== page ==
Chapter 77. Intraabdominal Infections
Which of the following would be considered a primary intraabdominal infection?
A. A patient with small bowel obstruction and peritonitis after receiving chemotherapy
B. A patient who was knifed in the abdomen with rupture of the intestine
C. Peritonitis in a patient undergoing peritoneal dialysis
D. A patient who presents with a perforated GI ulcer
Option A: Incorrect. A small bowel obstruction is a cause of secondary peritonitis due to perforation.
Option B: Incorrect. An intraabdominal trauma is a cause of secondary peritonitis due to perforation.
Option C: Correct. Both spontaneous bacterial peritonitis from cirrhosis and peritonitis secondary to CAPD are types of primary peritonitis.
Option D: Incorrect. A perforated GI ulcer is a cause of secondary peritonitis.
In secondary peritonitis, bacteria enter the peritoneum by which of the following mechanisms?
A. Via a peritoneal dialysis catheter
B. Via perforation of the GI tracts
C. Via transmigration through the bowel wall
D. Via transmigration through the bloodstream
Option A: Incorrect. Peritoneal dialysis catheters are a cause of primary peritonitis.
Option B: Correct. Secondary peritonitis is due to a perforation of the GI tract or female genital tract.
Option C: Incorrect. Primary peritonitis (spontaneous bacterial peritonitis) is caused by transmigration of bacteria through the bowel wall.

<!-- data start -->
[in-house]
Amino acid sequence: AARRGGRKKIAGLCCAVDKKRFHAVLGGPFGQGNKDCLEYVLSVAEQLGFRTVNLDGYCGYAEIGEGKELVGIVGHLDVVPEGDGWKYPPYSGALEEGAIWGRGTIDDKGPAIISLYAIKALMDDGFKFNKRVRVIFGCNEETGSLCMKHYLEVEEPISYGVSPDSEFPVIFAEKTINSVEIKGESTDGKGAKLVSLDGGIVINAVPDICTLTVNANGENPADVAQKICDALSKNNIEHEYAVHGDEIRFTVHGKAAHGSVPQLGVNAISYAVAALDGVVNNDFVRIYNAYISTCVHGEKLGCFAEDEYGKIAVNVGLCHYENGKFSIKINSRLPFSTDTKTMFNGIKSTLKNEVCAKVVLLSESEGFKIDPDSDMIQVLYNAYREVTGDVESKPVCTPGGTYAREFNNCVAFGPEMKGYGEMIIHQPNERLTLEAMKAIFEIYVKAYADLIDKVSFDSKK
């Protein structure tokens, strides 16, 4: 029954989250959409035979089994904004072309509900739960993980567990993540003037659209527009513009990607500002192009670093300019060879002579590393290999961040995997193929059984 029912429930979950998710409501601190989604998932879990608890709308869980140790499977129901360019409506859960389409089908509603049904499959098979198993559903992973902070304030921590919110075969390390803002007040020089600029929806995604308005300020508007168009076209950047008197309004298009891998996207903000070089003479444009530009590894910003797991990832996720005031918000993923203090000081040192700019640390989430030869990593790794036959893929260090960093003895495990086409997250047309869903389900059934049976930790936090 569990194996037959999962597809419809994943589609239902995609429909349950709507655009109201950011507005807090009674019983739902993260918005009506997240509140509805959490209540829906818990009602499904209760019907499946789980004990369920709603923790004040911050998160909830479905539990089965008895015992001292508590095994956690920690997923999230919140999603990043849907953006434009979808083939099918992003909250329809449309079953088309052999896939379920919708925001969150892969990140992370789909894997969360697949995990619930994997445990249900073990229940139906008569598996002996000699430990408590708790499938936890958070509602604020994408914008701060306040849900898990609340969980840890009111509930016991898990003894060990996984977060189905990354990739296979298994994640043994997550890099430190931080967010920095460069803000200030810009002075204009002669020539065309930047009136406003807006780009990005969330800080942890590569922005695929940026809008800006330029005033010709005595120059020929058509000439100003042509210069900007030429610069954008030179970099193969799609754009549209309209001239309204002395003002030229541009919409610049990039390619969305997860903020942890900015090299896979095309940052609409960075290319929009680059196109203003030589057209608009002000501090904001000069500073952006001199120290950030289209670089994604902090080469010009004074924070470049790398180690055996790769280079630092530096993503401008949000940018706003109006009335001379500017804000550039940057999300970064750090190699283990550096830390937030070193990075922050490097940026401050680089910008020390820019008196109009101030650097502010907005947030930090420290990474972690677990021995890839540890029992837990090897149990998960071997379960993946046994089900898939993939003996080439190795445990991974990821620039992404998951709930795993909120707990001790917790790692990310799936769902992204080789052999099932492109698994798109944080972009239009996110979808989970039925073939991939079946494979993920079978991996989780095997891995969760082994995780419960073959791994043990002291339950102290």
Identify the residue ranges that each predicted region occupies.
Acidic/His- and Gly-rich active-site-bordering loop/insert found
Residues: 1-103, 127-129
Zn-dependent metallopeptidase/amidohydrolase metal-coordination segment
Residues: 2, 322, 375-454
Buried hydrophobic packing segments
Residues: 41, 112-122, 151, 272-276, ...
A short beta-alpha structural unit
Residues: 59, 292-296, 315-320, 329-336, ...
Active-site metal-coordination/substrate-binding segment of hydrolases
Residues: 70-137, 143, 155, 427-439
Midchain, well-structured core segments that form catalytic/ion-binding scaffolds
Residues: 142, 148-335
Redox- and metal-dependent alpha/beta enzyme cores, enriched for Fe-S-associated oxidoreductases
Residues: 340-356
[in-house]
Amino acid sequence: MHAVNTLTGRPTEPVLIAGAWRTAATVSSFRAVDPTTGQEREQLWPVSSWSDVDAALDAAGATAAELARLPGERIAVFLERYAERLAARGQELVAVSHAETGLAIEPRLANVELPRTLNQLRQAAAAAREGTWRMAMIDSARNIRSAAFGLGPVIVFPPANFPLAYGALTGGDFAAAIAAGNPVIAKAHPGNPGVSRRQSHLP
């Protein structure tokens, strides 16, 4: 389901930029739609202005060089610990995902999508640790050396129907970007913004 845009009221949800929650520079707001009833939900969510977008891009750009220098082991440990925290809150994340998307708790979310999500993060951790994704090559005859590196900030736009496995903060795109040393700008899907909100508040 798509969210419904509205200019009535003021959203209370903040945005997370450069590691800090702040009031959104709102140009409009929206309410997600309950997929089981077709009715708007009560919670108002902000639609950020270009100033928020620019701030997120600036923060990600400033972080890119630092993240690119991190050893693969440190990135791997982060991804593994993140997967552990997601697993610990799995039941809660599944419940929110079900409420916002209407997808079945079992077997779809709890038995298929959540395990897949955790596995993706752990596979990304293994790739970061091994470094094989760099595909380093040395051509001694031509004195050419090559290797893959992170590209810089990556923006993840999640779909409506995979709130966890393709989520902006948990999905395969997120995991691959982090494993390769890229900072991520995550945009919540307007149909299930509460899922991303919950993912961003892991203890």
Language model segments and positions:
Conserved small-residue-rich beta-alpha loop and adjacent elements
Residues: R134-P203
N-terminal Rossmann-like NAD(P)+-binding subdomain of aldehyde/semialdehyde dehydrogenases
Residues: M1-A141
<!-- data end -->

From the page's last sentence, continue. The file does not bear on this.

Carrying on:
Option D: Incorrect. Secondary peritonitis is due to a perforation of the GI tract or female genital tract.
Which is most appropriate for the initial treatment of community-acquired, high-severity, complicated intraabdominal infections?
Option A: Incorrect. Fluoroquinolones are not recommended for the initial treatment of high risk or high severity infections.
Option B: Incorrect. Single agent cephalosporins are only recommended for mild-to-moderate infections.
Option C: Incorrect. Oral antimicrobials are inappropriate for the initial treatment of high risk or high severity infections.
Option D: Correct. Single agent extended-spectrum penicillins with β-lactamase inhibitors are as effective as combinations of aminoglycosides or fluoroquinolones with antianaerobic agents. The intravenous route is also the ...